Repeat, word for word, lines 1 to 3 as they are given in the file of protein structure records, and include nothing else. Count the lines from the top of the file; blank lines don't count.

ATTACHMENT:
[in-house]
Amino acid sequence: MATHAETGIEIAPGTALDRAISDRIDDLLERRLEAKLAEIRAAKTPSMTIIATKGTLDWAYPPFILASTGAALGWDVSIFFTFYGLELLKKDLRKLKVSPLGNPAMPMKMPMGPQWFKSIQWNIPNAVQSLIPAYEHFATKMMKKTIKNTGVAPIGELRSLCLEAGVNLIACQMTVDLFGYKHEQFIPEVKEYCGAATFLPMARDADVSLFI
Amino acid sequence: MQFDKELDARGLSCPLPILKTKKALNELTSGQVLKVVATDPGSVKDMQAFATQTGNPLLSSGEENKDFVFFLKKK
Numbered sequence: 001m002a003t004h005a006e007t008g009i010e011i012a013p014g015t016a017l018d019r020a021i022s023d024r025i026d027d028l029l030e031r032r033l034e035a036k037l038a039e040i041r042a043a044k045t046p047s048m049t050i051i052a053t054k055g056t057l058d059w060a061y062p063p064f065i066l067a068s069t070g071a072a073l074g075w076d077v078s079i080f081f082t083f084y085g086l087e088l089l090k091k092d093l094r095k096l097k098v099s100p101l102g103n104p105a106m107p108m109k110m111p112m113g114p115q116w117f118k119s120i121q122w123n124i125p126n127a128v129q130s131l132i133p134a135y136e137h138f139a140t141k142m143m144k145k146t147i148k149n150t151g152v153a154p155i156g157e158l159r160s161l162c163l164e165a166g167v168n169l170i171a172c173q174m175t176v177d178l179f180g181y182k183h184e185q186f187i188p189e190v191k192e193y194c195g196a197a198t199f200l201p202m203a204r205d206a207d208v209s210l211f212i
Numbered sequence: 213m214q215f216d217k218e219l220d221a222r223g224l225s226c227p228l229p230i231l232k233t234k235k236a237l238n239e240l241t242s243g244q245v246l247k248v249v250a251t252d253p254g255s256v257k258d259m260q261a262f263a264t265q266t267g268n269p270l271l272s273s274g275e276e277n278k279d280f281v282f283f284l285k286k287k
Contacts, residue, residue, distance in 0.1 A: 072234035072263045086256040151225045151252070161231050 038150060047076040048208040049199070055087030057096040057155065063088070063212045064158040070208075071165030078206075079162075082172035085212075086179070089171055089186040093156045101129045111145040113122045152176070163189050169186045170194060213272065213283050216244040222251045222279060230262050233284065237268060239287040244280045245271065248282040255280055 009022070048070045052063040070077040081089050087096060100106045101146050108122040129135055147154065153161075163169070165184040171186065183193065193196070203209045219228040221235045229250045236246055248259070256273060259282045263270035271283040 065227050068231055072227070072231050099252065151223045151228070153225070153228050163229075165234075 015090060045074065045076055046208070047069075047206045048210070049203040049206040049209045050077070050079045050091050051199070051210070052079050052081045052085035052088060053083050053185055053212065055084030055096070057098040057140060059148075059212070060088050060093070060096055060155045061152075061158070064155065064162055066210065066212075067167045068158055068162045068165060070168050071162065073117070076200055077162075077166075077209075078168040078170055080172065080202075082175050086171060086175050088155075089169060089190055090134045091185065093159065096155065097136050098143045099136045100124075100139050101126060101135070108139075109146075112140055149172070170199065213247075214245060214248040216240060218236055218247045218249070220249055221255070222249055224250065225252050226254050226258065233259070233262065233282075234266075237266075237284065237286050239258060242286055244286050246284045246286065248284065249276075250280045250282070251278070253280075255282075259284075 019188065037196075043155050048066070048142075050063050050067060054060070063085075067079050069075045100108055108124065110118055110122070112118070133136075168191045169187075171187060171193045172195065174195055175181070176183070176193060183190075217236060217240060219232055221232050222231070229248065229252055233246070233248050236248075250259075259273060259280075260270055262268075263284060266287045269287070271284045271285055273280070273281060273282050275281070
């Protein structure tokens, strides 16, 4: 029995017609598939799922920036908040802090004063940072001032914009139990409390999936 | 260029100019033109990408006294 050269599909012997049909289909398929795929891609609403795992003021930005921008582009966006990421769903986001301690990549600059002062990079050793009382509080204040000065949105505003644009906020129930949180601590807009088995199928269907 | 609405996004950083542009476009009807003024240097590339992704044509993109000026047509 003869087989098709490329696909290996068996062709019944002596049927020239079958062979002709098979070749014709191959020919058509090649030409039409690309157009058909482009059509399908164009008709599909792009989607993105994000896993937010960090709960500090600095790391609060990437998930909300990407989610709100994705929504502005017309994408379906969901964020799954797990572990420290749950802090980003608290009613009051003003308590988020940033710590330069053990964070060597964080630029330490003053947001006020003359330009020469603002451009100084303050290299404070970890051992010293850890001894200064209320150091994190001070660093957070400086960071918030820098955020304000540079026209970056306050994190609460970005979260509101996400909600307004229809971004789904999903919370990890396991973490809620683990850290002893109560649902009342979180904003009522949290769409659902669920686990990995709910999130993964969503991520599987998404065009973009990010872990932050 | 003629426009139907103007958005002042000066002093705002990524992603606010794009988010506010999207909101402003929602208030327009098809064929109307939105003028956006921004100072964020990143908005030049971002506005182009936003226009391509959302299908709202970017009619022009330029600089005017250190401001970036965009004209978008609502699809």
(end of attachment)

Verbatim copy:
[in-house]
Amino acid sequence: MATHAETGIEIAPGTALDRAISDRIDDLLERRLEAKLAEIRAAKTPSMTIIATKGTLDWAYPPFILASTGAALGWDVSIFFTFYGLELLKKDLRKLKVSPLGNPAMPMKMPMGPQWFKSIQWNIPNAVQSLIPAYEHFATKMMKKTIKNTGVAPIGELRSLCLEAGVNLIACQMTVDLFGYKHEQFIPEVKEYCGAATFLPMARDADVSLFI
Amino acid sequence: MQFDKELDARGLSCPLPILKTKKALNELTSGQVLKVVATDPGSVKDMQAFATQTGNPLLSSGEENKDFVFFLKKK